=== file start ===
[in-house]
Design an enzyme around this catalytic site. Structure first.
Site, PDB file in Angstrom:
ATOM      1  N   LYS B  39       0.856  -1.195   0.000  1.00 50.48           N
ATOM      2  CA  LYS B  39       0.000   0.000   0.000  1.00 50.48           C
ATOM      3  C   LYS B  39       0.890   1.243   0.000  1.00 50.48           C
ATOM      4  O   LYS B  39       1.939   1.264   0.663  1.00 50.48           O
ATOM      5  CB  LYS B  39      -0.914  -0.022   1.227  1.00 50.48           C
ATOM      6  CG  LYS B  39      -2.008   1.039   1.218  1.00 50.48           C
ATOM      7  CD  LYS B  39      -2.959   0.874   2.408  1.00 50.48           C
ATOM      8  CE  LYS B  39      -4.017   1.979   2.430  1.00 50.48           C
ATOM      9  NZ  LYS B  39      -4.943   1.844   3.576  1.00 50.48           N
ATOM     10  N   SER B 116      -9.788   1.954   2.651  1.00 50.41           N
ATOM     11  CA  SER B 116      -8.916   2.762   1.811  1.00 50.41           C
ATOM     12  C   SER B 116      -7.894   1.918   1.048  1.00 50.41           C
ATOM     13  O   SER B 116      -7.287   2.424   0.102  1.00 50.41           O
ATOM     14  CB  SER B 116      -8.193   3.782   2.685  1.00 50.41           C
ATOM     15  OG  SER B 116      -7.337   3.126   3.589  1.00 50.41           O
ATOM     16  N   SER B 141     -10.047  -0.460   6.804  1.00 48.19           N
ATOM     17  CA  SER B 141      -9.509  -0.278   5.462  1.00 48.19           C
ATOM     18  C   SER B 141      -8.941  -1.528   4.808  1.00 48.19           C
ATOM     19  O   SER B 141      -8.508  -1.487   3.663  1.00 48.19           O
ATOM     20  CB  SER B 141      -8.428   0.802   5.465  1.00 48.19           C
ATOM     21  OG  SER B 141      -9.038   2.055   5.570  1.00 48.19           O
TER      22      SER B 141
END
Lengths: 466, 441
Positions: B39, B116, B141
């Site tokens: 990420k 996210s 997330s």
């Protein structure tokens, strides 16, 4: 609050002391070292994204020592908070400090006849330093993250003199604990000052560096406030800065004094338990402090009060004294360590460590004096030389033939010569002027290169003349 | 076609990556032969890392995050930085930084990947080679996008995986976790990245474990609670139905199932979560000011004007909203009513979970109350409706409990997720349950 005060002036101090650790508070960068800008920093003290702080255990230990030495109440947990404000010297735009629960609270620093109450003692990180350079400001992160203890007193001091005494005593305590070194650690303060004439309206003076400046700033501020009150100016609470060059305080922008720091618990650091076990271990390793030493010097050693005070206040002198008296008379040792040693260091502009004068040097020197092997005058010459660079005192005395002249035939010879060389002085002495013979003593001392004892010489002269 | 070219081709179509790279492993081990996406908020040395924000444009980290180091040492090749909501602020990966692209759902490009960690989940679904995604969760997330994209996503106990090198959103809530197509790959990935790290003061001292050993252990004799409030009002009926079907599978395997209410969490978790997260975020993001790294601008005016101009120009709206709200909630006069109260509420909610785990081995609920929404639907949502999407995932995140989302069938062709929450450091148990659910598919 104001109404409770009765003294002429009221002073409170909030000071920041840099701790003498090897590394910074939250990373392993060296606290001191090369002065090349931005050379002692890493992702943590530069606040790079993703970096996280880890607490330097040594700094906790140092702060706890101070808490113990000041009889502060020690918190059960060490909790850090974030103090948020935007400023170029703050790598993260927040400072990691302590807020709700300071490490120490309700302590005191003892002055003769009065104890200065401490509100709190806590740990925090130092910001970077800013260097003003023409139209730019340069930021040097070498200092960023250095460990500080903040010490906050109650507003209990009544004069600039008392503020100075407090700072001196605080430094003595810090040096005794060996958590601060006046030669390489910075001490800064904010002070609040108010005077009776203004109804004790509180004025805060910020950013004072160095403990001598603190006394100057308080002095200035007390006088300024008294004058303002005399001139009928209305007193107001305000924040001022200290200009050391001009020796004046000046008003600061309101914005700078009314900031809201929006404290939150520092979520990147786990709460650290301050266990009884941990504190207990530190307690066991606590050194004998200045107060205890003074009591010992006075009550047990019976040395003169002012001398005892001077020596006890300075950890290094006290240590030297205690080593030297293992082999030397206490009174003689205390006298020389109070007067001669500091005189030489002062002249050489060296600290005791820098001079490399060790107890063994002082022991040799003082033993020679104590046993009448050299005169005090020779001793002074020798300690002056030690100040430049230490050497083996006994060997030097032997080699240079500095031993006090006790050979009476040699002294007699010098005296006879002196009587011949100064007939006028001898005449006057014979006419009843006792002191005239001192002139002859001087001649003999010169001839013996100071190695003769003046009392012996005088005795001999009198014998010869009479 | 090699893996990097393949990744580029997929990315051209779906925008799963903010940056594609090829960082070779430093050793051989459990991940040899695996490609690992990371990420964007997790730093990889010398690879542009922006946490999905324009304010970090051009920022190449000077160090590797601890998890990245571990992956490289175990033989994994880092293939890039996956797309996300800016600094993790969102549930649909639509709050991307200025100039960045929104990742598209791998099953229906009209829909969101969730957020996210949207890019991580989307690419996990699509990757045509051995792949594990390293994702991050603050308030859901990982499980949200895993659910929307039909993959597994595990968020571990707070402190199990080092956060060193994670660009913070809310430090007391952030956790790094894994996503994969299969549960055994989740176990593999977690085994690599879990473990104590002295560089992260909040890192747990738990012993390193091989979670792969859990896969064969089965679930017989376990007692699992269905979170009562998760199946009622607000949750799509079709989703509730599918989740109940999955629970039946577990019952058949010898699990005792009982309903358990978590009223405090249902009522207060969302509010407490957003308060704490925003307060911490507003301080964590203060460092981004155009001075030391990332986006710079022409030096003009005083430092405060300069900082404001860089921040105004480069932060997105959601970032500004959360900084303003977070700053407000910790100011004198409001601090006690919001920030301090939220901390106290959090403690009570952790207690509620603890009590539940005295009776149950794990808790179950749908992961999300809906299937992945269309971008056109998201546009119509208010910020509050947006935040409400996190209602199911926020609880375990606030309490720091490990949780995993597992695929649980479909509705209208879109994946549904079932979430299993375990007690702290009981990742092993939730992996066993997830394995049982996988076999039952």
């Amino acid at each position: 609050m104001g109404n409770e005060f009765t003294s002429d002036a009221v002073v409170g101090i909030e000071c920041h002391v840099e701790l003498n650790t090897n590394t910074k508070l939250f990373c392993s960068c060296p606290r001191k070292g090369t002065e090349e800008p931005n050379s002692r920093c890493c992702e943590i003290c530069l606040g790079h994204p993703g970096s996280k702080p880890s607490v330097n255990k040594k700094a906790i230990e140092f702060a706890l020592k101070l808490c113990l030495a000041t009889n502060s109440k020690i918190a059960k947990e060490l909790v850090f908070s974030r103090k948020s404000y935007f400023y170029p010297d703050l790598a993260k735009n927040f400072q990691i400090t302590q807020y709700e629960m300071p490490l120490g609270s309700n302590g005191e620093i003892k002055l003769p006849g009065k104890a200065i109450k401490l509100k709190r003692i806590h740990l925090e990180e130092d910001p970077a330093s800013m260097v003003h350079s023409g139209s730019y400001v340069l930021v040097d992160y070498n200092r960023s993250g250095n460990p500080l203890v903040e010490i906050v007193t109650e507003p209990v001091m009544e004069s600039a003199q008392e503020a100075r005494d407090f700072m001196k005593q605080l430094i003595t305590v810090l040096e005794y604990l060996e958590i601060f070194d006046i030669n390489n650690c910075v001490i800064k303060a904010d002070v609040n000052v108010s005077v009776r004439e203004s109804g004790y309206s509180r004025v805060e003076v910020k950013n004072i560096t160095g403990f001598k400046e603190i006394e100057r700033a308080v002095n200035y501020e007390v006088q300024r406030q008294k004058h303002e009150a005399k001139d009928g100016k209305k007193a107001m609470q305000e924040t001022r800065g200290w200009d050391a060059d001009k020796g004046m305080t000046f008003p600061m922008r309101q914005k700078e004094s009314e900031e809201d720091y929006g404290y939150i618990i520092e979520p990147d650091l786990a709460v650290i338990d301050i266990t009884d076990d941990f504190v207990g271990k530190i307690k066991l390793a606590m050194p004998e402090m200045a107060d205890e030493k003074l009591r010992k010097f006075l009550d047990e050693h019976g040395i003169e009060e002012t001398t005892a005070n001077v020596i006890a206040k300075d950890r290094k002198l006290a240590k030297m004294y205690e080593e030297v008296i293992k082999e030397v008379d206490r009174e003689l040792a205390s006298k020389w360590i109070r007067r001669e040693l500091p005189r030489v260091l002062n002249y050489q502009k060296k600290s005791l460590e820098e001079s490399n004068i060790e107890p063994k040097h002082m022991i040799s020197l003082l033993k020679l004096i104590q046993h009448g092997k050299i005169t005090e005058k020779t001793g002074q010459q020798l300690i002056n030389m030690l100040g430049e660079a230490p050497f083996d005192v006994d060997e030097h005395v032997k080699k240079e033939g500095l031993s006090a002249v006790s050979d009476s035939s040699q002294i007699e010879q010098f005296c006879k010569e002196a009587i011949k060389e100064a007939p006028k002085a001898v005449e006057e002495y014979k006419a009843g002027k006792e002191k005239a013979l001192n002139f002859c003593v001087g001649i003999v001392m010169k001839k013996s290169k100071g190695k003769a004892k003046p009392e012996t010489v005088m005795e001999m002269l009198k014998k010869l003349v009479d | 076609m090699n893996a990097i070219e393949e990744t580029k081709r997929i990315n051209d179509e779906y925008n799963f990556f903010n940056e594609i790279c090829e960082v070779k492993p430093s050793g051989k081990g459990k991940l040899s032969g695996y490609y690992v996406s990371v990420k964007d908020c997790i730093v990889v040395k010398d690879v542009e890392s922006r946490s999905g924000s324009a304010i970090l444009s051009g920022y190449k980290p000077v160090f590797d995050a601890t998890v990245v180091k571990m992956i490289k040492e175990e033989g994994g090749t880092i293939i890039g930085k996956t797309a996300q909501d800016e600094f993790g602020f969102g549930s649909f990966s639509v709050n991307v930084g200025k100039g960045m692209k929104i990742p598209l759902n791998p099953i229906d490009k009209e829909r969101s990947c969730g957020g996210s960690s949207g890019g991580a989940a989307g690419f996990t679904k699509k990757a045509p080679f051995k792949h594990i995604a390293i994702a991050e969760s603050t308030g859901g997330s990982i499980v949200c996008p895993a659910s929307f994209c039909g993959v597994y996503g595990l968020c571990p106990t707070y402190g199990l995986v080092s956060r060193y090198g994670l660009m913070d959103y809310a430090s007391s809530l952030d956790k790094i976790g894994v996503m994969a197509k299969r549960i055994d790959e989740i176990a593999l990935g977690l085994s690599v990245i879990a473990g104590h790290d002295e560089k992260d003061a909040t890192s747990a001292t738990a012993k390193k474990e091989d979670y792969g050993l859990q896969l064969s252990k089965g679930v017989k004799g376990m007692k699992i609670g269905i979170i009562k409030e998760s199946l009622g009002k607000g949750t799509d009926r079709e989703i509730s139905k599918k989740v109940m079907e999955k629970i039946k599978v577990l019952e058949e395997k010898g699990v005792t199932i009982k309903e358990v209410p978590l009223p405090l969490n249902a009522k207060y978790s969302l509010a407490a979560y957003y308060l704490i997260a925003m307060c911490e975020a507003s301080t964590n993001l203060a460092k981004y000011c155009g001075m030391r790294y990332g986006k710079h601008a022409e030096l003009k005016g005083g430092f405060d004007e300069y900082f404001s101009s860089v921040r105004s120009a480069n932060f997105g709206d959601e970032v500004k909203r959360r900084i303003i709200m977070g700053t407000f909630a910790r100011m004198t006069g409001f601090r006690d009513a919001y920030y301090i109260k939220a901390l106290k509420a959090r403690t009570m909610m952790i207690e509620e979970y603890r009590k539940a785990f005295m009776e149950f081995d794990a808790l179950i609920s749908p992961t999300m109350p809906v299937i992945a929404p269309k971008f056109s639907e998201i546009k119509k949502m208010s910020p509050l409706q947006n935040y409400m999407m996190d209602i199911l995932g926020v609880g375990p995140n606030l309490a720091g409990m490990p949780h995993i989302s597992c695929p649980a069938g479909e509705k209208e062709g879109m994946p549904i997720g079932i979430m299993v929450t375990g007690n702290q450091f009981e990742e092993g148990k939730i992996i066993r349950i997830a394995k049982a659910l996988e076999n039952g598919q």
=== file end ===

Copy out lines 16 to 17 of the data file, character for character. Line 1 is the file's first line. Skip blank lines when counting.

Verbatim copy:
ATOM     13  O   SER B 116      -7.287   2.424   0.102  1.00 50.41           O
ATOM     14  CB  SER B 116      -8.193   3.782   2.685  1.00 50.41           C